How to Change Your Dystonia Game with DBS

Playing games with your mind?

That’s exactly what experts believe you should do to stimulate your brain and stay sharp, no matter how old you are.

You might be surprised to learn that not only do such brain-boosting strategies exist in the techy gaming world, but deep brain stimulation also takes on another unique form for medical treatments – a treatment that helps serve dystonia patients.

Dystonia is a painful, disabling disease whose cause in many cases remains unknown.

Historically, it has been treated with a variety of methodologies, but deep brain stimulation (DBS) is emerging as a viable treatment option for selected patients with dystonia.

And so enters a lucky selected patient – Michael Richardson.

A son who traveled Mexico with his parents as a missionary.

A dad who appreciates nature and hiking woodland trails with his son.

A dystonia patient who was diagnosed at 13 and selected for deep brain stimulation (DBS) surgery by celebrated neurologist and researcher, Dr. DeLong from Emory University Hospital.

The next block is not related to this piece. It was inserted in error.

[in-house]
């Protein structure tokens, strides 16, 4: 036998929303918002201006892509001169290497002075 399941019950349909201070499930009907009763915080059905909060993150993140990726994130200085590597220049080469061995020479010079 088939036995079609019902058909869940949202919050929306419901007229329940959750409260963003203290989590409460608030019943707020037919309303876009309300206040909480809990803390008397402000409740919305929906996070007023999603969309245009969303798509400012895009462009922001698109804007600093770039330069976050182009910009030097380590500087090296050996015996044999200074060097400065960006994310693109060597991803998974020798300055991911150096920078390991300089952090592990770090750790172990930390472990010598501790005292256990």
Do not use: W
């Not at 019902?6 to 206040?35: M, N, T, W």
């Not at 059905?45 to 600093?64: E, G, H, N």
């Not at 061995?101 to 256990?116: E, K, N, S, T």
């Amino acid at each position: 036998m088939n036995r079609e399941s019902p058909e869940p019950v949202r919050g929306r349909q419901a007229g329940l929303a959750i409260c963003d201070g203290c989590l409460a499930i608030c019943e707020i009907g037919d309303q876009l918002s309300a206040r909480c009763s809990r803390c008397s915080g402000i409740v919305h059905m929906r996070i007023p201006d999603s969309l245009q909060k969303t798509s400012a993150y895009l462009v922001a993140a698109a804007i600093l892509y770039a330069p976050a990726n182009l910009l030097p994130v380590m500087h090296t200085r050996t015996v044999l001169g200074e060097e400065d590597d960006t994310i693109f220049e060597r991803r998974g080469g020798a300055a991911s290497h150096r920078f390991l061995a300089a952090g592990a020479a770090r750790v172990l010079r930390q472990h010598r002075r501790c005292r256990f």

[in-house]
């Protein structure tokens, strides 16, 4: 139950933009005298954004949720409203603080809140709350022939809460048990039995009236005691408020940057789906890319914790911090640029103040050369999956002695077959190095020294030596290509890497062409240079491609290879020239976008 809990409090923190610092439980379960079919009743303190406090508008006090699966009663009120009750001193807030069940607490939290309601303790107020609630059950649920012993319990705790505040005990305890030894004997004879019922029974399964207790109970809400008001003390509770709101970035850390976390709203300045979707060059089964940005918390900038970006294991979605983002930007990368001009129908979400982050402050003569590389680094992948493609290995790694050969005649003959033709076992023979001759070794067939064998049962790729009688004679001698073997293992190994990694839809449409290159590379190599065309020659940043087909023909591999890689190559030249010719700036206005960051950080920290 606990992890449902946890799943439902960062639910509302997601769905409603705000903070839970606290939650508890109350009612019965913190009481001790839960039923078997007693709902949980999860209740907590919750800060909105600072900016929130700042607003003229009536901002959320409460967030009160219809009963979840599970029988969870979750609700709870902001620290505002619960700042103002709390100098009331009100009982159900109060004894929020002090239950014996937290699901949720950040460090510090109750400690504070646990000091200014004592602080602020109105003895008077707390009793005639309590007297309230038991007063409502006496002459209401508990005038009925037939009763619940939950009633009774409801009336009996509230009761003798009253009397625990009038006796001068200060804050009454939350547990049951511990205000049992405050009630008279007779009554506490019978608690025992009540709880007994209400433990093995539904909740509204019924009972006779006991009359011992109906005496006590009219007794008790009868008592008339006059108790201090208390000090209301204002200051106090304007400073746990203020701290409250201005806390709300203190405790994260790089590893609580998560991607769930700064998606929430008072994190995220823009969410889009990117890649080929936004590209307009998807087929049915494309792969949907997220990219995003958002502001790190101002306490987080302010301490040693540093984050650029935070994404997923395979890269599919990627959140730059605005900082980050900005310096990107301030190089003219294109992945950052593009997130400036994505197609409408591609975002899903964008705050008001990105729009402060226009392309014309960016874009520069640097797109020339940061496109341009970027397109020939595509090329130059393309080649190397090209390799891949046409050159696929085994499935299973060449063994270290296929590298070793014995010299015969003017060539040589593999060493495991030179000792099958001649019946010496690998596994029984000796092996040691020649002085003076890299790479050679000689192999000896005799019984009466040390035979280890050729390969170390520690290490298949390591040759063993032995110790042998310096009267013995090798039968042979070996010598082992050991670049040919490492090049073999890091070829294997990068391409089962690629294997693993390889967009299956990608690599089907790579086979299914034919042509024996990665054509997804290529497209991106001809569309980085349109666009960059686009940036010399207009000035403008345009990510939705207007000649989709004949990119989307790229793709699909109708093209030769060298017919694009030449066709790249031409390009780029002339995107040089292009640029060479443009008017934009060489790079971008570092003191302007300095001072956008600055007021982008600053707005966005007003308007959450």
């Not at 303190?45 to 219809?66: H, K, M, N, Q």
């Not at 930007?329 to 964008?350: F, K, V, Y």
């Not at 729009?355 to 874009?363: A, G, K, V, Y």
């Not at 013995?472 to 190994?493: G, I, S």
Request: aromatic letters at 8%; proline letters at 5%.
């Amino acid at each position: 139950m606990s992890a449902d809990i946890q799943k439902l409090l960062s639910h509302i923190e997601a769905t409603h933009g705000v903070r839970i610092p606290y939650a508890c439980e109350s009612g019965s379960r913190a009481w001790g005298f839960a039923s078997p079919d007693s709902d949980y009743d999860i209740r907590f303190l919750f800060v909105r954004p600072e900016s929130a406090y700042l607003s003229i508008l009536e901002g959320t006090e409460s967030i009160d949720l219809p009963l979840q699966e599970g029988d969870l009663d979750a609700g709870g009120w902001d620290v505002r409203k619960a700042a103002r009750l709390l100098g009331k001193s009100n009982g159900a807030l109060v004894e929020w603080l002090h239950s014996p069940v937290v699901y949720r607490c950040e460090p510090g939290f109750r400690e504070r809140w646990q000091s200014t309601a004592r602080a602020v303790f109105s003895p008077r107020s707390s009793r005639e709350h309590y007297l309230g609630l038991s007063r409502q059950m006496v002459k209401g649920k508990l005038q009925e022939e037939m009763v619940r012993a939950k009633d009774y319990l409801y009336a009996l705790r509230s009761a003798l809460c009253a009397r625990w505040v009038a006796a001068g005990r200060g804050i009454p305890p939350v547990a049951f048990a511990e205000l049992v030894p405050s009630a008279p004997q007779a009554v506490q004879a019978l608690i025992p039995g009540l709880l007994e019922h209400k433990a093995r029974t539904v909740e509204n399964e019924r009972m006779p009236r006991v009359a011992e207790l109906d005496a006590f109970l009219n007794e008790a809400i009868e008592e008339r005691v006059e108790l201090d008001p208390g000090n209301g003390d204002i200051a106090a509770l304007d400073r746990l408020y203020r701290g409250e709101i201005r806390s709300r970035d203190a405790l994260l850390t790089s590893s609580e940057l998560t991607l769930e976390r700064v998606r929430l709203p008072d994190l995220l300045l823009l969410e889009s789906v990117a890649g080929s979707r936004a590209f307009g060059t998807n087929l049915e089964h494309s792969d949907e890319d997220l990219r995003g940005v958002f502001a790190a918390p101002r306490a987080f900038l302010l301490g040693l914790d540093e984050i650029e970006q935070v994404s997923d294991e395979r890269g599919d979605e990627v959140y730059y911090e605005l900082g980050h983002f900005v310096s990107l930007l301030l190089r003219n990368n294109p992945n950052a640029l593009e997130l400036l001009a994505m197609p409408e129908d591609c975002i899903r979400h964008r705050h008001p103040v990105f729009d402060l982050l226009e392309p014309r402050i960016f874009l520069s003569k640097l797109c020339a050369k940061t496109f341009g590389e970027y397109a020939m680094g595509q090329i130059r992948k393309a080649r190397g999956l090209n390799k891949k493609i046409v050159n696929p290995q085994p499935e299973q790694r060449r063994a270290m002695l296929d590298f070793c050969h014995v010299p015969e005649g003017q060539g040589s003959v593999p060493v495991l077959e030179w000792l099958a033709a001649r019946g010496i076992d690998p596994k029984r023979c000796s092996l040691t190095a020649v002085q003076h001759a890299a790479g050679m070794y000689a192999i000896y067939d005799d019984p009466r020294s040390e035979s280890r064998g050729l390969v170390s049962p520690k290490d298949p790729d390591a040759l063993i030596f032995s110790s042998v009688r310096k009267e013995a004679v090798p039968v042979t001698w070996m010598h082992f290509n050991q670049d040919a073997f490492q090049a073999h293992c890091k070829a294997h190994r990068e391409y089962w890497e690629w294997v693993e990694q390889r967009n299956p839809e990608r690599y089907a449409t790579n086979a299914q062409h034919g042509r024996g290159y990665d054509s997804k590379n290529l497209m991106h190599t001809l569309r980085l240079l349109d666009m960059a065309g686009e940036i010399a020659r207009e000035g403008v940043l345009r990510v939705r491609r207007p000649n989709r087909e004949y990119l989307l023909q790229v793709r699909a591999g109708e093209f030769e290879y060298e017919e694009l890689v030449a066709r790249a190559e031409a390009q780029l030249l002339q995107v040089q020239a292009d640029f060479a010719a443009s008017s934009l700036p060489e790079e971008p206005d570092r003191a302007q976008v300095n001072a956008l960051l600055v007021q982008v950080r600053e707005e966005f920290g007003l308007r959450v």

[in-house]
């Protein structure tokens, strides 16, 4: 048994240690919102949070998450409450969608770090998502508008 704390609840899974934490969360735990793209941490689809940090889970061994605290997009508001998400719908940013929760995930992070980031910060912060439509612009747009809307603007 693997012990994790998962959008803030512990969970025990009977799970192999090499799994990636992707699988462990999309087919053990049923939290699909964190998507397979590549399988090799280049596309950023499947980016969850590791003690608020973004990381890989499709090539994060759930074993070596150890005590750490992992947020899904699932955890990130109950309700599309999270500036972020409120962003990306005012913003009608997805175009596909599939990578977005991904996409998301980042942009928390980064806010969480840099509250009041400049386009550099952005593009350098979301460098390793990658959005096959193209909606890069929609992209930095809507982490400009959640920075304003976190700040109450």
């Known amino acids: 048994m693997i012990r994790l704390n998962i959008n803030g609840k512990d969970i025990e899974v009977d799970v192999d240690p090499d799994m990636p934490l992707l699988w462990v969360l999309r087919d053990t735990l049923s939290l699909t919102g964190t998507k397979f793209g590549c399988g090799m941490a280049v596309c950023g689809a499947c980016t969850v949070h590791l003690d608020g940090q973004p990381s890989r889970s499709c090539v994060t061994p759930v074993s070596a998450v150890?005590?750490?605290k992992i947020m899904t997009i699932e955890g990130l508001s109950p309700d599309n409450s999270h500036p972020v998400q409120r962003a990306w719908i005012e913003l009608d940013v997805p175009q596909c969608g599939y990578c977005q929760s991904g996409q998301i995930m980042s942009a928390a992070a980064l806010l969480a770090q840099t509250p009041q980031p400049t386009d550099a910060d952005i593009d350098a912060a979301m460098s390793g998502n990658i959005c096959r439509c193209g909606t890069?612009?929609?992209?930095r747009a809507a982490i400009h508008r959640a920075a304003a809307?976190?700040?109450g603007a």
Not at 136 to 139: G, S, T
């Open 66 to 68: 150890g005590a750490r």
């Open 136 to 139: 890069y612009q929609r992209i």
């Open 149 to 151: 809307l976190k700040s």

His story recounts his symptoms, his treatment journey, and his experience with DBS surgery.

Deep Brain Stimulation (DBS) Surgery

Before the advent of modern drugs, DBS surgery began in the early 1900s.

Surgeons used a variety of operations aimed at destroying certain areas of the brain in order to relieve severe tremors and rigidity.

Fast forward to today: neurosurgeons hope to treat some neurological disorders like dystonia by putting advanced arrays of electrodes into patients’ brains.

Consider the Risks

Although the procedure is relatively safe with a small likelihood of injury and mortality, there are risks of DBS surgery to consider:

  • Generalized risks of surgery
  • Higher risk of infection
  • Side effects
  • Device complications
  • High cost

Reap the Rewards

Deep brain stimulation surgery can have a significant effect in easing the symptoms of dystonia, but it is important to go into the operation with realistic expectations.

Adaptability to Change

As your dystonia changes over time, the DBS device can be adjusted to better address new or increasing symptoms.

Should new technology, procedures, or treatments for dystonia be developed in the future, the device is also removable with little or no tissue damage.

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